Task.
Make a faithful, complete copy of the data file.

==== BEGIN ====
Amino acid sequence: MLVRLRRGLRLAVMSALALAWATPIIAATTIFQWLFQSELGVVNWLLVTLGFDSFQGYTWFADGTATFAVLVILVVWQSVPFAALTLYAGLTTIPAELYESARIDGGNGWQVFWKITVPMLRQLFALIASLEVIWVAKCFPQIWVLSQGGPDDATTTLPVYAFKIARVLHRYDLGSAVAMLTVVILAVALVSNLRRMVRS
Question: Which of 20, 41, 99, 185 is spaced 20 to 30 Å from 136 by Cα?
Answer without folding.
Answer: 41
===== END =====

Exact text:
Amino acid sequence: MLVRLRRGLRLAVMSALALAWATPIIAATTIFQWLFQSELGVVNWLLVTLGFDSFQGYTWFADGTATFAVLVILVVWQSVPFAALTLYAGLTTIPAELYESARIDGGNGWQVFWKITVPMLRQLFALIASLEVIWVAKCFPQIWVLSQGGPDDATTTLPVYAFKIARVLHRYDLGSAVAMLTVVILAVALVSNLRRMVRS
Question: Which of 20, 41, 99, 185 is spaced 20 to 30 Å from 136 by Cα?
Answer without folding.
Answer: 41